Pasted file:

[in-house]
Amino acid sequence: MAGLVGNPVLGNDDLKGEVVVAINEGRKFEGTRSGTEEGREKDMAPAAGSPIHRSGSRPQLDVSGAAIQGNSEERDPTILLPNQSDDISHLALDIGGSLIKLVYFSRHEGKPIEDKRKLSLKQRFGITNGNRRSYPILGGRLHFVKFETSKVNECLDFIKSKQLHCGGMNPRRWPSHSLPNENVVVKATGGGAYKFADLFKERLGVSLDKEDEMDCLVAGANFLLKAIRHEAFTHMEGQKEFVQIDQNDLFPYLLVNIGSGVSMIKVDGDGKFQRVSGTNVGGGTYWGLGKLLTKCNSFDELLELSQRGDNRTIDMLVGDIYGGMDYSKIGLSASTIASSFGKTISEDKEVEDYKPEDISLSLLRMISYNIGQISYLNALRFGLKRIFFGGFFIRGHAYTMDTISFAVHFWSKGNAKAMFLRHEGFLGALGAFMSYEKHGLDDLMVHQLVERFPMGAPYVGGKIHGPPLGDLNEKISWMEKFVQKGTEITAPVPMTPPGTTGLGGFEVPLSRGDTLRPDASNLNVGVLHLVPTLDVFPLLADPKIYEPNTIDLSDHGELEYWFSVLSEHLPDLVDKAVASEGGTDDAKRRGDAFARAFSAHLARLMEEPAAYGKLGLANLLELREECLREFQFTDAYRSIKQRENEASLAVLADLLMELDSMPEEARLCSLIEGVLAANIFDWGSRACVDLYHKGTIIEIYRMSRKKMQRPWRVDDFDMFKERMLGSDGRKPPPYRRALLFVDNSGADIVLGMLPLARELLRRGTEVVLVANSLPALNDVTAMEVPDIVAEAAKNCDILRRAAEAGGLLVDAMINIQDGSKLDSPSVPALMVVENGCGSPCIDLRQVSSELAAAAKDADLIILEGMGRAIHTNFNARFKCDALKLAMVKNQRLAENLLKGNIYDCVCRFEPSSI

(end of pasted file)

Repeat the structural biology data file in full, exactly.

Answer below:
[in-house]
Amino acid sequence: MAGLVGNPVLGNDDLKGEVVVAINEGRKFEGTRSGTEEGREKDMAPAAGSPIHRSGSRPQLDVSGAAIQGNSEERDPTILLPNQSDDISHLALDIGGSLIKLVYFSRHEGKPIEDKRKLSLKQRFGITNGNRRSYPILGGRLHFVKFETSKVNECLDFIKSKQLHCGGMNPRRWPSHSLPNENVVVKATGGGAYKFADLFKERLGVSLDKEDEMDCLVAGANFLLKAIRHEAFTHMEGQKEFVQIDQNDLFPYLLVNIGSGVSMIKVDGDGKFQRVSGTNVGGGTYWGLGKLLTKCNSFDELLELSQRGDNRTIDMLVGDIYGGMDYSKIGLSASTIASSFGKTISEDKEVEDYKPEDISLSLLRMISYNIGQISYLNALRFGLKRIFFGGFFIRGHAYTMDTISFAVHFWSKGNAKAMFLRHEGFLGALGAFMSYEKHGLDDLMVHQLVERFPMGAPYVGGKIHGPPLGDLNEKISWMEKFVQKGTEITAPVPMTPPGTTGLGGFEVPLSRGDTLRPDASNLNVGVLHLVPTLDVFPLLADPKIYEPNTIDLSDHGELEYWFSVLSEHLPDLVDKAVASEGGTDDAKRRGDAFARAFSAHLARLMEEPAAYGKLGLANLLELREECLREFQFTDAYRSIKQRENEASLAVLADLLMELDSMPEEARLCSLIEGVLAANIFDWGSRACVDLYHKGTIIEIYRMSRKKMQRPWRVDDFDMFKERMLGSDGRKPPPYRRALLFVDNSGADIVLGMLPLARELLRRGTEVVLVANSLPALNDVTAMEVPDIVAEAAKNCDILRRAAEAGGLLVDAMINIQDGSKLDSPSVPALMVVENGCGSPCIDLRQVSSELAAAAKDADLIILEGMGRAIHTNFNARFKCDALKLAMVKNQRLAENLLKGNIYDCVCRFEPSSI